Ibn Sina’s Childhood...

Today, the only information we have about Ibn Sina’s (see: Avicenna) early childhood comes from his own autobiography, other details of his life come from his disciple Al-Juzajani. Born in 980 near Bukhara, modern day Uzbekistan, Ibn Sina’s father was a governor of the village which they lived in, and grew up witnessing numerous and frequent intellectual meetings in his father’s house.  Ibn Sina had mastered the memorization of the Quraan, the holy Islamic book, by age 10. His memory and keen attention and fueled desire to seek knowledge stunned his professors. At 14 years of age, he was so driven by the philosophy branch metaphysics that he memorized Aristotle’s Metaphysics. His hunger for knowledge compelled him to teach himself the conceptual foundations of medicine and the basics of chemistry by age 16, and began successfully treating the ill near his vicinity, with a remarkably prominent incident where he treated the King of Bukhara of an identified illness, and was honored by being granted access to the Royal Library of Samanids, where he spent years intensely researching various aspects of science. The political turbulence in The Samanid Dynasty triggered severe instability in Bukhara  At only 21 years of age, Ibn Sina was a court physician and a political administrator. His father’s death greatly affected him, for without a mentor, he spent years wandering villages, working as a professor of philosophy and scientist by day, and holding discussions for him, students, and whoever was interested in anything that encompassed philosophy or medicine. Ibn Sina insists that he was mainly self taught through the teaching of Aristotle, Plato, and such. He has published over 450 books on philosophy, the two most prominent being “The Book of Healing”, an encyclopedia that covered nearly everything on philosophy, and...

Al-Khawarizmy: Childhood and Upbringing (WRITING) May14

Al-Khawarizmy: Childhood and Upbringing (WRITING)...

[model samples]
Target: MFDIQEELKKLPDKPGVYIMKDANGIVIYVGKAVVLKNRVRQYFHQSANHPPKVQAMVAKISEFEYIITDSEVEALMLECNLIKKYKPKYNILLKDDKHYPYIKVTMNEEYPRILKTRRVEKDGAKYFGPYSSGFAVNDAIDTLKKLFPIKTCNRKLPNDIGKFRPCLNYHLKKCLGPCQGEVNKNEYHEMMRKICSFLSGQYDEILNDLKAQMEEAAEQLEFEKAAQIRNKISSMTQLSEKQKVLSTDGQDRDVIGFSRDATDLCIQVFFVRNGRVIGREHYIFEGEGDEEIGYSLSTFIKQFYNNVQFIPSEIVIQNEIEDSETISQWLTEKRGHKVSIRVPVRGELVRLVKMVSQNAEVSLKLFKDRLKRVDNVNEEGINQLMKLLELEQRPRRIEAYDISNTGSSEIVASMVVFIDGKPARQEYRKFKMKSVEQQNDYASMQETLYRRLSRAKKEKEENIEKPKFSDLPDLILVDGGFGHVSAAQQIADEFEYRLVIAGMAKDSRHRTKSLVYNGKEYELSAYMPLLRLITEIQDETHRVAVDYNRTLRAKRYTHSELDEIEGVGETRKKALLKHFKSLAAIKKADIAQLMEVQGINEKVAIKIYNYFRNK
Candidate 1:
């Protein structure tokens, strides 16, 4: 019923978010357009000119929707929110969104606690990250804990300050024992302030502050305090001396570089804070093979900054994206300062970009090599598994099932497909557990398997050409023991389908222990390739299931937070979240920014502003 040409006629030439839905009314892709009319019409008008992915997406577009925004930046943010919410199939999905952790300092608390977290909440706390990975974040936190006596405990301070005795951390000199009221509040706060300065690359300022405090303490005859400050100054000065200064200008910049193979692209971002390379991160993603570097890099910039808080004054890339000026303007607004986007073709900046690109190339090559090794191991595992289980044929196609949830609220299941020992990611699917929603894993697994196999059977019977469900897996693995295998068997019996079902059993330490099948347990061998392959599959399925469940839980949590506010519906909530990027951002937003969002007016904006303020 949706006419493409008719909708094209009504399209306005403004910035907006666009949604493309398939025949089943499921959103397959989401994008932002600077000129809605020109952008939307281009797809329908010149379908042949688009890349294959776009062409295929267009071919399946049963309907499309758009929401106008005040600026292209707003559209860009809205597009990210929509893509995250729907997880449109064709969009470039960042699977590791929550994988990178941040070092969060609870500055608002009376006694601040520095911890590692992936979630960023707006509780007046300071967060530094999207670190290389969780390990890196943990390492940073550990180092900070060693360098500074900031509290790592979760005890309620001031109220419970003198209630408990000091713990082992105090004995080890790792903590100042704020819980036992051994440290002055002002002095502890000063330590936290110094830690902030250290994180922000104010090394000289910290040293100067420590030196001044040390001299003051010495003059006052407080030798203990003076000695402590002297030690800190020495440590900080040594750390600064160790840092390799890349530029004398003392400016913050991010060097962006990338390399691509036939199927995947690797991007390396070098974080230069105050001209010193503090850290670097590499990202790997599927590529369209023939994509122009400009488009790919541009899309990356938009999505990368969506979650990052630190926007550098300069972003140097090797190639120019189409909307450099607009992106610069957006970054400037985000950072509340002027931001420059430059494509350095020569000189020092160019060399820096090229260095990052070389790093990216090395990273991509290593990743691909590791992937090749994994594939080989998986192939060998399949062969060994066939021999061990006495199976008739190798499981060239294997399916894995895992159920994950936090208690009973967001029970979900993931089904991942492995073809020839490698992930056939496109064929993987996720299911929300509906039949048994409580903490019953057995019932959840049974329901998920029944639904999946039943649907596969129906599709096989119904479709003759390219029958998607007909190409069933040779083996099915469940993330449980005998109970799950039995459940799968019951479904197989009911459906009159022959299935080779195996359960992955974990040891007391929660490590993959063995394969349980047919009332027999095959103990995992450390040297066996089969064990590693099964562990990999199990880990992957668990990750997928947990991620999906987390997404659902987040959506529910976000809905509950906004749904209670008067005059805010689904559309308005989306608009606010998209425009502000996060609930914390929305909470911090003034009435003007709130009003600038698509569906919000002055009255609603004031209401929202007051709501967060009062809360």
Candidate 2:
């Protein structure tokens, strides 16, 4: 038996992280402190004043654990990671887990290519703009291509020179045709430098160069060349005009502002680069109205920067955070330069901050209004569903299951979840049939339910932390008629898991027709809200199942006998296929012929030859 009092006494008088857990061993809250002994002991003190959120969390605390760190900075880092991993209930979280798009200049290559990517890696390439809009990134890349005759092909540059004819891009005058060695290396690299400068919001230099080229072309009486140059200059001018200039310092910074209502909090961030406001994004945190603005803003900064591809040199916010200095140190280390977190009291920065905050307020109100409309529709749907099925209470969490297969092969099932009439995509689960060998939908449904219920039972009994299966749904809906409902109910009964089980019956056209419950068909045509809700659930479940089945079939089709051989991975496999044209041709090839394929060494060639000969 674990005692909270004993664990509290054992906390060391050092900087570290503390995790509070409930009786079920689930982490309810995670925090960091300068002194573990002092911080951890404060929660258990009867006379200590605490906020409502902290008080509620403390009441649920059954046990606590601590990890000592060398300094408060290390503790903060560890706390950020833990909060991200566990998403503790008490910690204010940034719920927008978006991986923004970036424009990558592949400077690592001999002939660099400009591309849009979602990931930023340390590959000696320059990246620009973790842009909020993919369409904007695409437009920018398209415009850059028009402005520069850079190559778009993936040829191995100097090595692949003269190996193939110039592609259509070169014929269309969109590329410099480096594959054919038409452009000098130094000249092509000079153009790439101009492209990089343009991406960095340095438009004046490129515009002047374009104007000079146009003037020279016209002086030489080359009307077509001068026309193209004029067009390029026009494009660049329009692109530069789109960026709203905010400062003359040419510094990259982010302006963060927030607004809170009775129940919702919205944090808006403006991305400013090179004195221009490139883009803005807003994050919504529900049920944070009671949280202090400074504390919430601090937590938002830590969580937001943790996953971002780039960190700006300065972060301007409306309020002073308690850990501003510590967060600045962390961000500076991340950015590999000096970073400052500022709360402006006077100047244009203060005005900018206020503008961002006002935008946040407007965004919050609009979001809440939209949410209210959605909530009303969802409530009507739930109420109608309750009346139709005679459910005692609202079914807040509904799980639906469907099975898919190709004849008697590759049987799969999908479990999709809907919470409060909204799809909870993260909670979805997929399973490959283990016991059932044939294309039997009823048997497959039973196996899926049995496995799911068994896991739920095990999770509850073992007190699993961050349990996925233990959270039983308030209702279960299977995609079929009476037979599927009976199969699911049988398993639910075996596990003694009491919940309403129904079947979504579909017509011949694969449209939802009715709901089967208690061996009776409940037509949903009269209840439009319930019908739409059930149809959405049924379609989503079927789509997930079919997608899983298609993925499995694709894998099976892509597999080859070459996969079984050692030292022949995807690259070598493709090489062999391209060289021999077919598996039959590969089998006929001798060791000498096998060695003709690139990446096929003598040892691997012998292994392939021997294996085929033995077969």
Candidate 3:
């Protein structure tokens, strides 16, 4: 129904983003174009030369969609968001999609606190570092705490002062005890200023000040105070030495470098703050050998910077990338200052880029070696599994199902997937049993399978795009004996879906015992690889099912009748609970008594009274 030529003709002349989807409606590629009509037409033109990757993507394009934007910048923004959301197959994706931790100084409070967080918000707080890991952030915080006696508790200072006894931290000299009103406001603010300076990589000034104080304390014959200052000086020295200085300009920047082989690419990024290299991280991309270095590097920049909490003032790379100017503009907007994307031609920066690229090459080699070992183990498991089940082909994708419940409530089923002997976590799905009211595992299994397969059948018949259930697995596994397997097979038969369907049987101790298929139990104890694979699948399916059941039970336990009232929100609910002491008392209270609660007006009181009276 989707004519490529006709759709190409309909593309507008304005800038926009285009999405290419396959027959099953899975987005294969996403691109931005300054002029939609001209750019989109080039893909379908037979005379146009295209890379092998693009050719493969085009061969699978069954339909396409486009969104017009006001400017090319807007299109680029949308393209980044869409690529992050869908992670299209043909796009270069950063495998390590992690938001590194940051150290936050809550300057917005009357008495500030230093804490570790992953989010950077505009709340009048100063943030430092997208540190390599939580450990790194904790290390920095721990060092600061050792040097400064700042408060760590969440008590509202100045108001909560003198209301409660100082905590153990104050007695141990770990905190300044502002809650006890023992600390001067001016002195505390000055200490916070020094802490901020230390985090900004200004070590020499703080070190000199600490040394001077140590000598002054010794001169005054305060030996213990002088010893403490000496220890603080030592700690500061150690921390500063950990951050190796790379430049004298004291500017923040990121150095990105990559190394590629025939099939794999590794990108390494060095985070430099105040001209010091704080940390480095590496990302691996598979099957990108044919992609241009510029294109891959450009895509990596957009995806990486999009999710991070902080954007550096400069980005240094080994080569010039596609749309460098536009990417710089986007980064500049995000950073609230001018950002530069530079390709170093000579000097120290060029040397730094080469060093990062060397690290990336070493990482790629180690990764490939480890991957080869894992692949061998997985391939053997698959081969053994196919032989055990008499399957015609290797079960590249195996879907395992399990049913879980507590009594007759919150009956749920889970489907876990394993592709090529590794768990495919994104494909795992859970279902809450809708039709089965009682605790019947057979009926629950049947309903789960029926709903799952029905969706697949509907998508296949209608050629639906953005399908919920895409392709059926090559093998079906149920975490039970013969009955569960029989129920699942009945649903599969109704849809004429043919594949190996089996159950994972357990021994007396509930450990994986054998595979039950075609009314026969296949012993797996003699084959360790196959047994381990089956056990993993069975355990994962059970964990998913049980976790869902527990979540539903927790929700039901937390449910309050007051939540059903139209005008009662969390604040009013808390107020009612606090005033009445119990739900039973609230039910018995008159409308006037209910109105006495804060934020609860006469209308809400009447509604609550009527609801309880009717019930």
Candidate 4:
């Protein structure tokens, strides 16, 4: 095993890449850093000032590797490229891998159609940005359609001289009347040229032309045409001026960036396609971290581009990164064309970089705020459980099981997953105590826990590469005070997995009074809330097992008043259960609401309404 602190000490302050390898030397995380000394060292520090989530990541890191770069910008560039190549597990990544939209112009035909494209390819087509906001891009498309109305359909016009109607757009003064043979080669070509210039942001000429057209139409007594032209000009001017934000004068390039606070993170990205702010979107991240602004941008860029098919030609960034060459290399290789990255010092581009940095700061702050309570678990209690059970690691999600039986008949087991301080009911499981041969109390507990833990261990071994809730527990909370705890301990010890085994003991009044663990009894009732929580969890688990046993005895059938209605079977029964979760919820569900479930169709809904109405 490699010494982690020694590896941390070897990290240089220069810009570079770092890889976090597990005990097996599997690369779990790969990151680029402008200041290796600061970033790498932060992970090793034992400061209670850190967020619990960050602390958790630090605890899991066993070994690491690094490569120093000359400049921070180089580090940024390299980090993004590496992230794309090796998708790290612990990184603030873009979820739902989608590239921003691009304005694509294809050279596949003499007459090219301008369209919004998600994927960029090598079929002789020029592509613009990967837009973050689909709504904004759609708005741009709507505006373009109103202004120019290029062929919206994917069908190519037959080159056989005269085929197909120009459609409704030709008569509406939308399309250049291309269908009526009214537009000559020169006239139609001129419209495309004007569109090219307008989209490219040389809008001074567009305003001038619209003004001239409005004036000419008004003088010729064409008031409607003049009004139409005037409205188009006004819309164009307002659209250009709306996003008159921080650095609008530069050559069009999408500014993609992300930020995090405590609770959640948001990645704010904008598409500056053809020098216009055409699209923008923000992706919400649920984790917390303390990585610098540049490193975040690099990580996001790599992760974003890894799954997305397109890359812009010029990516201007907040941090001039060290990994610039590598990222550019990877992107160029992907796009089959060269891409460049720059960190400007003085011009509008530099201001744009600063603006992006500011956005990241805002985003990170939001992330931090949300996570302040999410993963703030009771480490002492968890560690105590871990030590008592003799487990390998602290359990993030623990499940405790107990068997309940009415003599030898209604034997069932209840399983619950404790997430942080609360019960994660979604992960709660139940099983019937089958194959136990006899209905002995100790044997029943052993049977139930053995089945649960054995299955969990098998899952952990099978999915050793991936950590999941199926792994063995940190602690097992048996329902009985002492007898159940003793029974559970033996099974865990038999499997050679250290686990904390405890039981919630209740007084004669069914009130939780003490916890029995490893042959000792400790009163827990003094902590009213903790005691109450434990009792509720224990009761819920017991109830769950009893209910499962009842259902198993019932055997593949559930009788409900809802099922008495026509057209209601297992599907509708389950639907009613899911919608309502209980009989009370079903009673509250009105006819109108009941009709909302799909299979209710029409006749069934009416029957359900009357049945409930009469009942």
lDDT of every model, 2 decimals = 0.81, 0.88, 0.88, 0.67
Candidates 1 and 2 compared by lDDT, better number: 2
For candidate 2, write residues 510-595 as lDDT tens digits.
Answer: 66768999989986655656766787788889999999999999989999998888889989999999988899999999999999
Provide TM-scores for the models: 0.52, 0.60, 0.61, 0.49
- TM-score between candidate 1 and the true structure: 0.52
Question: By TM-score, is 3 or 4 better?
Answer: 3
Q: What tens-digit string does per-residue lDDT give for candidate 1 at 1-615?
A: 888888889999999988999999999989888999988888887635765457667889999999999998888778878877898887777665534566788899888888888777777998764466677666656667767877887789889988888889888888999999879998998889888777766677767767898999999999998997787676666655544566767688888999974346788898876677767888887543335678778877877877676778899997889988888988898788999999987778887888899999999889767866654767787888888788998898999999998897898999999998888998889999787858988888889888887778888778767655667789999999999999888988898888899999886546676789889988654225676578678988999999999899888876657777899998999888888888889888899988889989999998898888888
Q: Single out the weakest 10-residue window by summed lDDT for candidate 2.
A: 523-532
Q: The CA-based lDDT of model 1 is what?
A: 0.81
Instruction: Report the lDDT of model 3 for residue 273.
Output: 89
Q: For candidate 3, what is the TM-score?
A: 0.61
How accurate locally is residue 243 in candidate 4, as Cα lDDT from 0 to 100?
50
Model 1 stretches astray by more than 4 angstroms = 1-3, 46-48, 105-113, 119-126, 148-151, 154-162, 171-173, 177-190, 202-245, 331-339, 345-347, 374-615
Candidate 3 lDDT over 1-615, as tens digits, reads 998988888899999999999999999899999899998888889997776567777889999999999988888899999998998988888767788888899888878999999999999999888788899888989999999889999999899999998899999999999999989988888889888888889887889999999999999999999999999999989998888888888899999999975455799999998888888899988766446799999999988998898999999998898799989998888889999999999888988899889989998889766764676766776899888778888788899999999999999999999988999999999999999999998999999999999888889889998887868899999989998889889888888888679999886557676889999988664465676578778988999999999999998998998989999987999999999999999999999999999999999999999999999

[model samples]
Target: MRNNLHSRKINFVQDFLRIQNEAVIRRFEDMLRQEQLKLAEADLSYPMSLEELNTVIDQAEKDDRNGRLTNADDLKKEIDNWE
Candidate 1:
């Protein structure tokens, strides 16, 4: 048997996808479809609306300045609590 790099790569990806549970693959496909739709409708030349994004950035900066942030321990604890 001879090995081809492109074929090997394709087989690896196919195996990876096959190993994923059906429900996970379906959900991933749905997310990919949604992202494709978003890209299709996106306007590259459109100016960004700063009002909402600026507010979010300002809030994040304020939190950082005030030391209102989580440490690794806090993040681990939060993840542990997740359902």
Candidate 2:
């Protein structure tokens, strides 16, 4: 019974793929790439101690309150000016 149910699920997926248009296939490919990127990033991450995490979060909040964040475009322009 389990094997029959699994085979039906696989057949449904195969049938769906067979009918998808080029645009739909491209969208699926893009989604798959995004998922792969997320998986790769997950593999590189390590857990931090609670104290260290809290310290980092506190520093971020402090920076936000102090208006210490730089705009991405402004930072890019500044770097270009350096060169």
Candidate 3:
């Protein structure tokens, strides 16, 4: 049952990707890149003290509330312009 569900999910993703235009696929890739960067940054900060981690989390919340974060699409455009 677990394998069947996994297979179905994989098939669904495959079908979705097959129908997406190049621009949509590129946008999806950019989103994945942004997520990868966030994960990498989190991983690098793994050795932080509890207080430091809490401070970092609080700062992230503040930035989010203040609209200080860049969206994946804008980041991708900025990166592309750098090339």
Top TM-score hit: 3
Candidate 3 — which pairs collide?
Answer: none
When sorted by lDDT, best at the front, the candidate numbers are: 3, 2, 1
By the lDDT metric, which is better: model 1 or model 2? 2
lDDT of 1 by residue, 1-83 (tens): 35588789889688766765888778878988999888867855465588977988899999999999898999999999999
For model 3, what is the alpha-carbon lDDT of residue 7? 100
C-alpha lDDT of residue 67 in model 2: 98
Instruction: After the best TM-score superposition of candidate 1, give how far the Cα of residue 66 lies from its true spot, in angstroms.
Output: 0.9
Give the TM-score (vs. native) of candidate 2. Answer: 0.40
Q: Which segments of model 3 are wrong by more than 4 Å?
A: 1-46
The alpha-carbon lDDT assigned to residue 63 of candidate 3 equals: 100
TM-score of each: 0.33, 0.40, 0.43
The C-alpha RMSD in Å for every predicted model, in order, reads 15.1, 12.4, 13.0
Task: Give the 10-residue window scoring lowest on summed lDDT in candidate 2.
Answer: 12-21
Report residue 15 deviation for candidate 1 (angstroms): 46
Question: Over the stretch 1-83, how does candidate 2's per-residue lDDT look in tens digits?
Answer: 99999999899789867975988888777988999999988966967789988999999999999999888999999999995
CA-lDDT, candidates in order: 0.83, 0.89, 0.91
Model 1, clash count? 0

Not much is known about Al-Khawarizmy’s childhood and upbringing, which is unfortunate as it may have held a key to his genius mind. Considering he lived in a time almost obsolete to us, very little is recorded of him due to irregular and incompetent means of recording and preservoing data. He was born in a Persian family in Chorasmia, in Central Western Asia (Uzbekistan today)   in 780. He was raised in the Medieval Era, The Islamic Golden Era, which is somewhat an indication to his success. His nation was successful, rising and stable, providing an environment that can and did promote intelligence and creativity. This eventually led to incredible inventions, contributions and an influence today that cannot be disregarded. His father was a man of education, he believed in its importance and power, as well as that of religion. This, he passed on to his son, which is obviously evident as this had a major effect on his life. Very little is known about his personal life. The preface of his Algebra indicates he was an Orthodox Muslim, but other sources dictate that he might have been a follower of the Zoroastrian religion in his early days. He completed Algebra along with several other books in Baghdad, which had developed into the center of scientific studies in the world perhaps, as not only did Persians like Al-Khawarizmy move there, but scientists from as far as China and India travelled to the city. He worked in The House of Wisdom, a scientific research and teaching center, established by Caliph al-Ma’mun, where he studied sciences and math. Al-Kawarizmy is referred to as “…one of the greatest minds of Islam, he influenced mathematical thought to a greater extent than any other medieval writer.” He has not only...